An obituary reports the death of a person and gives an account of his or her life. In this case, however, the death of Claus Spreckels was also used to give an interpretation of the early phase of California history, dominated by pioneers and robber barons, and to contrast this period with the more civilized “progressive” California of 1908. In addition, Spreckels was presented as an all-American citizen, not as an immigrant. Obituaries like these were an important source for incorporation of former foreigners into the imagined community of the “Land of the Free.”
From: “Claus Spreckels Death,” San Francisco News Letter 77 (January 2, 1909): 21.
“Claus Spreckels represented an era in history. He belonged to the age of blood and iron. He belonged to the period of the Huntingtons, the Stanfords, the Crockers and others of the type who builded the empire of California. The age these men lived in was the age of result-makers. It was an unlovely, crude age, an age of grubbing and remorseless money-gouging and wealth-getting, and there was little of refinement in it. Of all the men who have made the history of early California there is probably none who made his money out of the people with less suffering to the people than Spreckels. It is reported that in his short span of existence of eighty odd years he amassed some fifty-one millions of dollars. This is an awful, almost terrifying lot of money. It represents unheard of, unthinkable, opportunities to do harm. It might have been a mighty enginery for good. The results, except as they mean the piled-up millions in the family coffers, have meant much for California, but they might have meant much more! Directly, Mr. Claus Spreckels might have done much more for his fellowman. Indirectly, he did a great deal, but what he did was only incidental to the things he was doing for himself. He was a wonderful man. He was an irresistible force. He was a part of the age we have mentioned above. It was not an age in which conscience ever played a very active part. It was not an age in which heart, dominated mind. It was an acquisitive, performing, crude, cruel, conquering age, and it may lie that it could trader no conditions have been different. It was a wonderful era: it was the era of the builders of empire, but it was a period of soul atrophy, and the big sugar king, who lies in silent state, and to whom his sons and their families make obeisance, was no less a king than some of the rulers of the old world. He had carved a throne out of golden dollars, and be recognized no other signet of authority. He is gone, and with his going are broken many combinations in business. Everywhere in this community and in Hawaii there will be a new alignment as a result of the death of this great big performer of things.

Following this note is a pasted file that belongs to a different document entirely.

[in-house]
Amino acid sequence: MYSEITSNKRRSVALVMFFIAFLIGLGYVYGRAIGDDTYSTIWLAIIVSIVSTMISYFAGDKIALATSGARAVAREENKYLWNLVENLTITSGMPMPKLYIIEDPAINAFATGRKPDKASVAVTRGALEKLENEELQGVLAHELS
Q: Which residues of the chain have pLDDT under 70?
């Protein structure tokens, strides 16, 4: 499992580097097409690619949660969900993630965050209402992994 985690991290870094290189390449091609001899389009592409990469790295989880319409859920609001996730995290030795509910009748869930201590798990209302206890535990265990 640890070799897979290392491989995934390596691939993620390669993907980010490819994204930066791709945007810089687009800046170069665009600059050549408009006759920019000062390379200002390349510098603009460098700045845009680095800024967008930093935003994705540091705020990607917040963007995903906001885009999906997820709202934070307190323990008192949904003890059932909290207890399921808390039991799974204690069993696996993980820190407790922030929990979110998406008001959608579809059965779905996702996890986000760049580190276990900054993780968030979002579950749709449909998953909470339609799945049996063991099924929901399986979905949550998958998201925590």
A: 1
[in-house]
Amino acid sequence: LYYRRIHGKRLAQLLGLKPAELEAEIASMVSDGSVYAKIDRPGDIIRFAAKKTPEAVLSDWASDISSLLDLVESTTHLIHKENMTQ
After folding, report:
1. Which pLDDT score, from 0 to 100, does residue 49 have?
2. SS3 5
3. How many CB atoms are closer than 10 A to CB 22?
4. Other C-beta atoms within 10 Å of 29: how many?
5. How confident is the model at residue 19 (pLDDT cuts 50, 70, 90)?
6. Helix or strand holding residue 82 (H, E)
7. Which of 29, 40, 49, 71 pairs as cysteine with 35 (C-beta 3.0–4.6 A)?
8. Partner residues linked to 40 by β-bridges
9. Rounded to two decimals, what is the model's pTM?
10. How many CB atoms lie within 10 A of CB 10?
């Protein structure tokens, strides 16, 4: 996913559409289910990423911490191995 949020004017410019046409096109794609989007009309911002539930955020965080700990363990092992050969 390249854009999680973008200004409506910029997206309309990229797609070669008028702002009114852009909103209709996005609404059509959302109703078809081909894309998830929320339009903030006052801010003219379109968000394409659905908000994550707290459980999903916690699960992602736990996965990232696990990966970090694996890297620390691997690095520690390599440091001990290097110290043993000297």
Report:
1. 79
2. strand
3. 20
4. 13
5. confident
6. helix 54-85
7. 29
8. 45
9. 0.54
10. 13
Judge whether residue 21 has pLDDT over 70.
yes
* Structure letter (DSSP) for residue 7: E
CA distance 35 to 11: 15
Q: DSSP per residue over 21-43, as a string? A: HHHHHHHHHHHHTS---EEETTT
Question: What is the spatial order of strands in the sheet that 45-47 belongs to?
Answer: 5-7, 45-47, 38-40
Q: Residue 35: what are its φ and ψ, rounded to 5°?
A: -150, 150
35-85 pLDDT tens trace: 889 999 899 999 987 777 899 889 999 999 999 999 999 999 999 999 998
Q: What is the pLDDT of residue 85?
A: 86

Mr. Claus Spreckels was a most interesting figure. His achievements were all made without the help of others and not through combinations with others. His were new ideas. While this indomitable man was engaged in many things that gave employment to thousands of people, there was nothing in which he held interest that ever occupied his time more than the single item of sugar. He owned a million dollars or more of the San Joaquin Valley Railroad stock. He was the owner of more than ten millions in real estate in San Francisco. His investments in San Diego had grown to a value of eight millions. He was interested in the Western Sugar Refinery, to the tune of fifteen millions or more. His interest in the Oceanic S. S. Co. was rated at two and a half million dollars. He had immense interests in Hawaii plantations, and his holdings in Union Pacific and Southern bonds were large. His Havemeyer holdings amount to about fourteen millions, and he was interested in the First Federal Trust and other financial institutions in this city. It is estimated that the total valuation of the estate is about fifty-one millions of dollars. It must not be believed that this moneyed sugar king was all iron and inflexibility, for he was identified with many of the charities of the city, and he had donated many thousands of dollars to public improvement. San Francisco owes much to Claus Spreckels, but it is a pity he was not big enough to have been indebted to him for much more than mere money may give. Some people have estimated the Spreckels fortune hundred millions, but it is probable that half of this amount is nearer the correct figure amassed by this wonderful man in his life-time.”